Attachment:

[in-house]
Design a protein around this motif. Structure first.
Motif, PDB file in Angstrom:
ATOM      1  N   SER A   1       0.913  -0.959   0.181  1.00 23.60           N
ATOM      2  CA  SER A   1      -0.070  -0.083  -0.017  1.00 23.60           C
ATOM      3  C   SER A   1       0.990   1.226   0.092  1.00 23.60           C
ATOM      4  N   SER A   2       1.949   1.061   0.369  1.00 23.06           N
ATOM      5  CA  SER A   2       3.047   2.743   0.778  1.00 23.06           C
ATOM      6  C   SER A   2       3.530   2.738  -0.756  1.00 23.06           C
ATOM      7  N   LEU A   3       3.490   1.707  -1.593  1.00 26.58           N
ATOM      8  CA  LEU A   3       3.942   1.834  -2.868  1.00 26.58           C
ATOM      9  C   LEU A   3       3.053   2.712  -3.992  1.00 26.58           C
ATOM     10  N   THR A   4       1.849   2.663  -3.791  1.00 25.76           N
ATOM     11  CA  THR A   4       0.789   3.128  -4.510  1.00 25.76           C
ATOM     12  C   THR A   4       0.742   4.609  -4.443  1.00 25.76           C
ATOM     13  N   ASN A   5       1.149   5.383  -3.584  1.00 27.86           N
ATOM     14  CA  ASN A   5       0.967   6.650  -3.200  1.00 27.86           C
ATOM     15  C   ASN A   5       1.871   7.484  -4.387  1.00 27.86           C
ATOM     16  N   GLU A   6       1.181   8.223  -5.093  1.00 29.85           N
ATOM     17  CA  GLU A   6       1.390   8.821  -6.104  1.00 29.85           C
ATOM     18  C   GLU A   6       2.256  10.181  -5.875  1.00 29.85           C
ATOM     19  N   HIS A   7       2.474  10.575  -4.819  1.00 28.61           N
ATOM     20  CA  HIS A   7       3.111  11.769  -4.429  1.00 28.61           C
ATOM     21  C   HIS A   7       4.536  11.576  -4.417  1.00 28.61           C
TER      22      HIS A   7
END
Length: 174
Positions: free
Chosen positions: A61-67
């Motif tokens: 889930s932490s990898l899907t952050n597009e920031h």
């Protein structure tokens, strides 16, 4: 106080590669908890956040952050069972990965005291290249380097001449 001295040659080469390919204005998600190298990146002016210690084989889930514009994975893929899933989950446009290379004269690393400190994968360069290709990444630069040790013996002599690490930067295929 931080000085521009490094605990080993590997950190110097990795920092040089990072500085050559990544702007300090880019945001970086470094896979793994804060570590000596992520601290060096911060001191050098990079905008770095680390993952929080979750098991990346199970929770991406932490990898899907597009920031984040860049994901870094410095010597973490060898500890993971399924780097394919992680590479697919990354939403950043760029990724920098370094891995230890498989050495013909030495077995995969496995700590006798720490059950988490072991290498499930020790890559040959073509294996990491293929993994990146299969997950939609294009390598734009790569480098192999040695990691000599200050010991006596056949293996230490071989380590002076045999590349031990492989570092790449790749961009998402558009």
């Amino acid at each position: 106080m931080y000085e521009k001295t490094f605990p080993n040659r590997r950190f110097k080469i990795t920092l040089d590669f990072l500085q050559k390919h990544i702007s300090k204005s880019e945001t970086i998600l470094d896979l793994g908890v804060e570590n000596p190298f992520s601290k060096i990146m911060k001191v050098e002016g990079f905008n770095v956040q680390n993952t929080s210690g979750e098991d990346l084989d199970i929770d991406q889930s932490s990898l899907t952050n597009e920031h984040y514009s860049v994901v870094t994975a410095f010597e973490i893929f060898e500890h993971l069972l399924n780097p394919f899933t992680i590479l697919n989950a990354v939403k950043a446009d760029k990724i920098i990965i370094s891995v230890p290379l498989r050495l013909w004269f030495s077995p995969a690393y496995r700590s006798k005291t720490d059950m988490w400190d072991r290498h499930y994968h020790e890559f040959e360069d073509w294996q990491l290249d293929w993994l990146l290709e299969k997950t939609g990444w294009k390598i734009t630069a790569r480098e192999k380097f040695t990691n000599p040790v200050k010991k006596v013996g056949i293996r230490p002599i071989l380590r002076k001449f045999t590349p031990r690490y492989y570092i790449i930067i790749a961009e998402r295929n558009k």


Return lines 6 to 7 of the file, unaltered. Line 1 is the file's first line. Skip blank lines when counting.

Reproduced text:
ATOM      3  C   SER A   1       0.990   1.226   0.092  1.00 23.60           C
ATOM      4  N   SER A   2       1.949   1.061   0.369  1.00 23.06           N